In the East, the "certain presence of the subject," which leads to the icon-as-participation rather than icon-as-symbolic-remembrance, is considered to arise from the icon having been invested with the 'energeia' of God when named and blessed (neither the 'essence' of God, which is His nature, nor just His grace. And both naming and blessing are necessary, not just the former or the latter). In the West, however, the best we seem to have come up with so far has been 'grace' as a word to define things, so many subtleties in terms of 'how' an icon is invested with grace and 'what' kind of grace this is, compared to that in paintings and statues, has remained absent from the theological and popular discourses. Thus, a de facto contribution has been both made and maintained in the Western Church to foreclosing the provision of an appropriate understanding of icons and how they operate in relation to God.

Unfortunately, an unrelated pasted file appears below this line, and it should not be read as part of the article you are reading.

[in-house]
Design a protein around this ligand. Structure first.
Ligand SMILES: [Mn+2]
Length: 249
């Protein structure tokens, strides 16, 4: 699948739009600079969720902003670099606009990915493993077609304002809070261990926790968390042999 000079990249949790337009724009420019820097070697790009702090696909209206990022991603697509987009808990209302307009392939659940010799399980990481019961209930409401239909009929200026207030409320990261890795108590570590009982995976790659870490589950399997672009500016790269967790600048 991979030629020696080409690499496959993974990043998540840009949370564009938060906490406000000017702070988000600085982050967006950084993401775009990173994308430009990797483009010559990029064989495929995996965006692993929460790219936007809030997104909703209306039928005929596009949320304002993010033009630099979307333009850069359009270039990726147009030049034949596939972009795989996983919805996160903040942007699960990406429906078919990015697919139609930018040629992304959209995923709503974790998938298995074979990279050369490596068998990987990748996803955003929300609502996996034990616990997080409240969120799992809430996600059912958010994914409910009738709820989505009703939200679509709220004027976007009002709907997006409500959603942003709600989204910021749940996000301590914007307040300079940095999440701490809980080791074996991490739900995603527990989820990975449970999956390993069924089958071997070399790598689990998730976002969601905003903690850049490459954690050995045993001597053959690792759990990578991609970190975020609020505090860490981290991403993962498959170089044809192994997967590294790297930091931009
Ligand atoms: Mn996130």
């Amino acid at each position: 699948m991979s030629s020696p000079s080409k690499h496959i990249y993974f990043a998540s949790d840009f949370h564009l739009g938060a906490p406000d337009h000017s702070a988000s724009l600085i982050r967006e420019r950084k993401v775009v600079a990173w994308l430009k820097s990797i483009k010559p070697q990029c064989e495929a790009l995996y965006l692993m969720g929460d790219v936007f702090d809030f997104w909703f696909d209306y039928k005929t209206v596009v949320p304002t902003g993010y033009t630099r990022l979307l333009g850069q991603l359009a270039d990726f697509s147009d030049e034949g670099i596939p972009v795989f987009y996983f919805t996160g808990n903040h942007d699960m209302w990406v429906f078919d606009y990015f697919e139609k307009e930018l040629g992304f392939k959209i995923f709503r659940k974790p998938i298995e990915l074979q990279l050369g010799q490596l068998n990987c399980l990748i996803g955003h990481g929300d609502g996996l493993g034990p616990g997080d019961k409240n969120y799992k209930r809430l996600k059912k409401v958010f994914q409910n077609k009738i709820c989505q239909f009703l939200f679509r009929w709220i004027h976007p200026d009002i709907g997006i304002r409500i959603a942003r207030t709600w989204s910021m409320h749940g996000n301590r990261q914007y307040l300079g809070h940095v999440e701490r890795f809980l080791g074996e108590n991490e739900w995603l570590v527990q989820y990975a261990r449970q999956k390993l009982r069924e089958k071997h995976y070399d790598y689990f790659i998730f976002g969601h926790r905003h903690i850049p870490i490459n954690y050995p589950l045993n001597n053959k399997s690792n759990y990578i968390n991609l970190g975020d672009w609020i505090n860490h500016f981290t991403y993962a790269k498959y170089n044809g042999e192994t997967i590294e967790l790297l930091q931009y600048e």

A few things need to be clarified:

    1) You said an icon is "a prayer in oil and pigment." Icons, since time immemorial, have been written in water, not oil. This because it was (a) more easily accessible, (b) cheaper and (c) part of the providence of God right from the beginning of creation in Genesis. In fact, the very process of writing an icon, including how the gold/silver leaf is applied and the icon's levels are built up, is considered to theologically mirror the process employed by God while creating the universe. Hence, the iconographer becomes a co-creator with God to make the icon participatory. Using oil (or even synthetics) for icons is a relatively late invention - if it can even be called that. And if you are in the company of a purist, you will hear the rebuttal that icons written in oil directly violate tradition. In other words, oil is a short-cut of the writing process. It is certainly easier to use than water.

    2) You said that an icon "neither indicates nor invokes." I disagree. Specifically, when one prays in front of an icon, one is directly invoking the participatory presence that is in the icon, with such an invocation then being directly transferred to the holy or divine person/s portrayed therein.